You might catch a giant bluefin tuna in many locations, as disparate as the Gulf of Mexico off Louisiana or the coast of Ireland. But no single area in the world concentrates huge bluefin like Nova Scotia (NS) and Prince Edward Island (PEI) in Canada’s Maritimes. Here, the cold waters of the northwest Atlantic attract great schools of forage, including the herring and mackerel on which tuna feast and fatten. Those same chilly waters discourage smaller bluefin, which have to work hard to stay warm. Bluefin are among the few fishes that can heat their bodies for more efficient predation. The giants’ larger body mass makes it easier for them to remain and feast in the cold, food-rich waters of the Maritimes.
A glance at the IGFA record book tells the story: Of the eight line-class world-record bluefin tuna weighing more than 600 pounds, six were caught off NS or PEI. That includes the remarkable 1,496-pound all-tackle world record bluefin that Ken Fraser caught in 1979.
While that record has remained intact for well over four decades, many bluefins approaching that size have been caught. “Our largest Nova Scotia giant bluefin tuna was caught by Graeme Weiss, of San Diego, in 2013,” says Capt. Josh Temple, who has guided anglers to NS giants for 14 consecutive seasons. “We estimated it at 1,400 pounds, and we have encountered larger fish than that one, which earned their freedom during the fight.”
Temple says there’s no doubt fish even larger than 1,496 pounds are swimming in NS waters, noting that Ken Fraser, who caught the world record and is a friend of Temple’s, “will be the first to tell you he’s seen them bigger.”
Temple cites the first day of his first season in NS 14 years ago, as the day that hooked him. After catching and releasing several giants (he says by NS standards, a giant is at least 700 pounds), “we spent the rest of the day hand-feeding bait to hundreds of giant bluefin. All of this in water less than 60 feet deep and less than 500 yards off the shore, within sight of my pickup, parked at the wharf.”
The focus on NS and PEI by enthusiasts around the world hasn’t ruined the fishery. On the contrary, says Temple, “Thanks to exceptionally well-developed and implemented management frameworks internationally and nationally, giant bluefin populations across the Atlantic have rebounded significantly” and nowhere have the benefits of that been more consistent than around NS. The fact that, “Ninety percent of the giant tuna caught by rod-and-reel in NS are released is a statistic that has surely contributed to the health and sustainability of their numbers in these waters,” he says.
Planning a Trip
When to Go: The giant season in Nova Scotia starts at some point in July and runs into October. Last-minute bookings with top charters are unlikely; best to book the winter prior to your intended trip. If you want the entire tuna trip planned and organized for you, consider signing up for the Sport Fishing Expedition in Nova Scotia.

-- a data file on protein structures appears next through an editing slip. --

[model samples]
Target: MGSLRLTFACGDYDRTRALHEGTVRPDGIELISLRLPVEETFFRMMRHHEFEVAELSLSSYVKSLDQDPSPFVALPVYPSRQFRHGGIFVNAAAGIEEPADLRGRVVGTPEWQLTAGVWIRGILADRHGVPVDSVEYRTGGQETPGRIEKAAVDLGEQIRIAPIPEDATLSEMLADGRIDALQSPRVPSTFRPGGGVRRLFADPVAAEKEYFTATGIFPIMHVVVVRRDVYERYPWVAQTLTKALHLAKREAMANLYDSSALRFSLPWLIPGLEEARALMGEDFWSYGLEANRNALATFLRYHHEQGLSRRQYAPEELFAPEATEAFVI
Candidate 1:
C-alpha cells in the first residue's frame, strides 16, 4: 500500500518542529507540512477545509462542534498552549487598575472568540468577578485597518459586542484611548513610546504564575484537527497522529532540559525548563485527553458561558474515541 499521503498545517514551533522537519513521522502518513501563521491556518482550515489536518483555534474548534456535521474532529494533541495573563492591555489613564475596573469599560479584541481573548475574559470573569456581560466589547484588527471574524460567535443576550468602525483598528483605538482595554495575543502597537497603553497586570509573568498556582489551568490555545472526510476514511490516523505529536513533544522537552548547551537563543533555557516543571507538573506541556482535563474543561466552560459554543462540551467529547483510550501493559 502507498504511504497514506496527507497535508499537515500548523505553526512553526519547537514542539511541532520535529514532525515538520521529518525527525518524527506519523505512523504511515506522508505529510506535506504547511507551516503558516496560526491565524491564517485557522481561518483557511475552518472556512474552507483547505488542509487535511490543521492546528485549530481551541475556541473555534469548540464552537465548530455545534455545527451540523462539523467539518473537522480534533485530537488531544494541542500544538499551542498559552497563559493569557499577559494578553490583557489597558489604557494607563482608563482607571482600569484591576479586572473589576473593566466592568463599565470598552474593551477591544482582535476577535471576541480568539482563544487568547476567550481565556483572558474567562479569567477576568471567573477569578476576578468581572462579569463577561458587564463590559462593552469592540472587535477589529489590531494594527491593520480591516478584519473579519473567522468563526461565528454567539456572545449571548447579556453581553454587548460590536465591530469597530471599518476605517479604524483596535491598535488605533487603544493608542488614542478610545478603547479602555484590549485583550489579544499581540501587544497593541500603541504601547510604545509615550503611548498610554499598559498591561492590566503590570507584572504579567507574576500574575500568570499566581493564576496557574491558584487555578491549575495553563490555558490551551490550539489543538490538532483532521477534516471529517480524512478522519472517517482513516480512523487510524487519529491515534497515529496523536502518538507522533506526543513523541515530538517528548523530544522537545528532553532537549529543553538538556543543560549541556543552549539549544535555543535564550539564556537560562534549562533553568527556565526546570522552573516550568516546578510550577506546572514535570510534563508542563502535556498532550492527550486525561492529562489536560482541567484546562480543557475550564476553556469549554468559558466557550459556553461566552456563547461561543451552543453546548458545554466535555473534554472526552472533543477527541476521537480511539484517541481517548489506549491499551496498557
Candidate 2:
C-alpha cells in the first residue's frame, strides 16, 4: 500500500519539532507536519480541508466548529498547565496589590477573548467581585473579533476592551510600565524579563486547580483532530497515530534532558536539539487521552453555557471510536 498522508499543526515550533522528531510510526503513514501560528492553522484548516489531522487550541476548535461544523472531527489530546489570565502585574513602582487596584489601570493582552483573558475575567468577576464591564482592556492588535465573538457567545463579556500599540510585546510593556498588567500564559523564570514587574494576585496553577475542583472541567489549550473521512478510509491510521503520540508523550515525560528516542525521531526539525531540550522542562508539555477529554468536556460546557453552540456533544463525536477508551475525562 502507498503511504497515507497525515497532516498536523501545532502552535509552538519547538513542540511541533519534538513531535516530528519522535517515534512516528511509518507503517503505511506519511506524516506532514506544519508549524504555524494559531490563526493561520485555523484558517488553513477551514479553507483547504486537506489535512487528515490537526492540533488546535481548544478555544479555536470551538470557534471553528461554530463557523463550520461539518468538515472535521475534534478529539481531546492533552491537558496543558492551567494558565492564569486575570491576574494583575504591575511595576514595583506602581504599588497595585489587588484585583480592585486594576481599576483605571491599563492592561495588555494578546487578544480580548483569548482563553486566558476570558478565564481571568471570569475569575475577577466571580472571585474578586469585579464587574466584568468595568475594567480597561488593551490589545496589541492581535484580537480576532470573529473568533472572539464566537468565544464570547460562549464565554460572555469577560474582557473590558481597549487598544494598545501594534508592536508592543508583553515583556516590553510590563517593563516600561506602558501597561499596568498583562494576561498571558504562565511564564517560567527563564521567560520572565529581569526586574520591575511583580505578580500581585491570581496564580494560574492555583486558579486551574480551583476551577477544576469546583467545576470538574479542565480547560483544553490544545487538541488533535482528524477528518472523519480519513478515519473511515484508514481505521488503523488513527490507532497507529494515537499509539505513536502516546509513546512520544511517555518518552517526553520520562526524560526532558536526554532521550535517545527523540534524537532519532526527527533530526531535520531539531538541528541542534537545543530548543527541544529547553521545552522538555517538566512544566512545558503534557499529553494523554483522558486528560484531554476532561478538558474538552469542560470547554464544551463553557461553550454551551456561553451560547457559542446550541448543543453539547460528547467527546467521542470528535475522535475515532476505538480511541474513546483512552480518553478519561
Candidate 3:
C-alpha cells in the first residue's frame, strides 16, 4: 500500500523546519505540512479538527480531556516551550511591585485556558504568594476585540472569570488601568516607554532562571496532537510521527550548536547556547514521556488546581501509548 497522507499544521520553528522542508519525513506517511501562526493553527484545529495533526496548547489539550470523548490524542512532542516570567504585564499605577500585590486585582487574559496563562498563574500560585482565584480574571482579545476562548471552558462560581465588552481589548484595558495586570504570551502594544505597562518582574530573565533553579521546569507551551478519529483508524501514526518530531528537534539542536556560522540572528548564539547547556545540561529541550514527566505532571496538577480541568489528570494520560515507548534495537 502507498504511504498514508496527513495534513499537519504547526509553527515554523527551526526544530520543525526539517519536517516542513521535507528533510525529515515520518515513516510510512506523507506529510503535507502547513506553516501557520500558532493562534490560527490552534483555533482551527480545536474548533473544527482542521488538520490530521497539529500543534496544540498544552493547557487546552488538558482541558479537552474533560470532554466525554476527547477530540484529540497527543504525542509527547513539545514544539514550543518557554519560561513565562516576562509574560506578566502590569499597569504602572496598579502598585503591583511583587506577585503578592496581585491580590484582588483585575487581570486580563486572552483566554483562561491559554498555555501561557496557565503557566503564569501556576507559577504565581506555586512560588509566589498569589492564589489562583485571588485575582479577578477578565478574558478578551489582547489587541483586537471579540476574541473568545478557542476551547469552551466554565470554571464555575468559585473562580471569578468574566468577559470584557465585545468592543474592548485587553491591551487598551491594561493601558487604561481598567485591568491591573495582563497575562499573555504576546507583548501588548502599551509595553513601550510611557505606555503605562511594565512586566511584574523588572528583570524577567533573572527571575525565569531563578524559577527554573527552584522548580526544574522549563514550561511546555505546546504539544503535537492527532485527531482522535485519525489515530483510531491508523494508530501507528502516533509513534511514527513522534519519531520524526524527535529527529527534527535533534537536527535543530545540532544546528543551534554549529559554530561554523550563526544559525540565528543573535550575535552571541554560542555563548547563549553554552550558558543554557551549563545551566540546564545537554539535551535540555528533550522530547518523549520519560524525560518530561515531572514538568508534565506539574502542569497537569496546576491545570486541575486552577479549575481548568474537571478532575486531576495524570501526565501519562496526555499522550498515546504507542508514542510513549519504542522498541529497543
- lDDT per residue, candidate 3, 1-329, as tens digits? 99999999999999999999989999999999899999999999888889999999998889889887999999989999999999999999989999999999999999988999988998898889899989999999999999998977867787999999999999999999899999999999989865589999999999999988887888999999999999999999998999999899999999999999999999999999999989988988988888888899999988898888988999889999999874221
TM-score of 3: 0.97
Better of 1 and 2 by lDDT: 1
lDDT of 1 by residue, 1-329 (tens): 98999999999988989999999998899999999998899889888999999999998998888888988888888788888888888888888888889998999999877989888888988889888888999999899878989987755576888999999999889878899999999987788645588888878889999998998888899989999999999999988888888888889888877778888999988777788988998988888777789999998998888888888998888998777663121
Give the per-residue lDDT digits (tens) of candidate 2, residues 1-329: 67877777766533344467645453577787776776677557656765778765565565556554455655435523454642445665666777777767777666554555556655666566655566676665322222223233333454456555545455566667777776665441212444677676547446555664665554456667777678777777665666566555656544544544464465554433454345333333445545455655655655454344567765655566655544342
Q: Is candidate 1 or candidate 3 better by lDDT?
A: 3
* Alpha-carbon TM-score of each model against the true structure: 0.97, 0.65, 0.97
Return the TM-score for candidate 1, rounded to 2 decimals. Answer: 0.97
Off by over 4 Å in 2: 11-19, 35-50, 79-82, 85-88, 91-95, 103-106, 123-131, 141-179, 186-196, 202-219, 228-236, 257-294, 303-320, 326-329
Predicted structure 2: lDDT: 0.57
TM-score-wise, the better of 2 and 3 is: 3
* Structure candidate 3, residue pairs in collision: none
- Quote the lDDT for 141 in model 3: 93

Where to Go and How to Get There: While you’ll find some charters based in various ports in the province, Ballantyne’s Cove on the Northumberland Shore of Cape George, near the town of Antigonish on the northern end of the island, hosts a concentration of operations. You can drive here — as a reference, plan on 1,000 miles from New York or a bit less than half of that from Bangor, Maine. Those flying in will generally book to Halifax’s Stanfield International Airport. Some operators will arrange transportation from Stanfield to the harbor, or visitors can rent a car.
What to Expect: A number of charters operate from Nova Scotia ports, typically in downeast-style boats designed for fishing in these waters. Typically, they supply the heavy tackle needed to battle big bluefin from a fighting chair. This is catch-and-release fishing, so don’t plan on filling coolers. Figure on $1,700 ($2,300 Canadian), give or take, for a full day of fishing.
What to Bring: Many boats offer stand-up fishing; check with your skipper to see what he offers, and/or about bringing your own stand-up gear. Of course, a good camera and set of foul-weather gear are essential, though summer days are often dry and in the 70s F. By fall, expect 50s and 60s.
Where to Stay: You’ll find a variety of hotels, suites and cabins in the area. Many charter skippers offer or will arrange accommodations for clients.
What Else: As far as fishing goes, Temple says, “For most anglers, NS has a lot of great pelagic fishing left to discover. We’re also catching — seasonally — marlin, yellowfin, bigeye, [true] albacore and even wahoo and dorado along the continental shelf off southwest Nova Scotia, as well as good numbers of giant blue swordfish.”
Besides fishing, the Northumberland Shore is known for having the most “warm-water ocean beaches in Atlantic Canada.” You can explore the works of many skilled artisans here and eat lobster till you burst.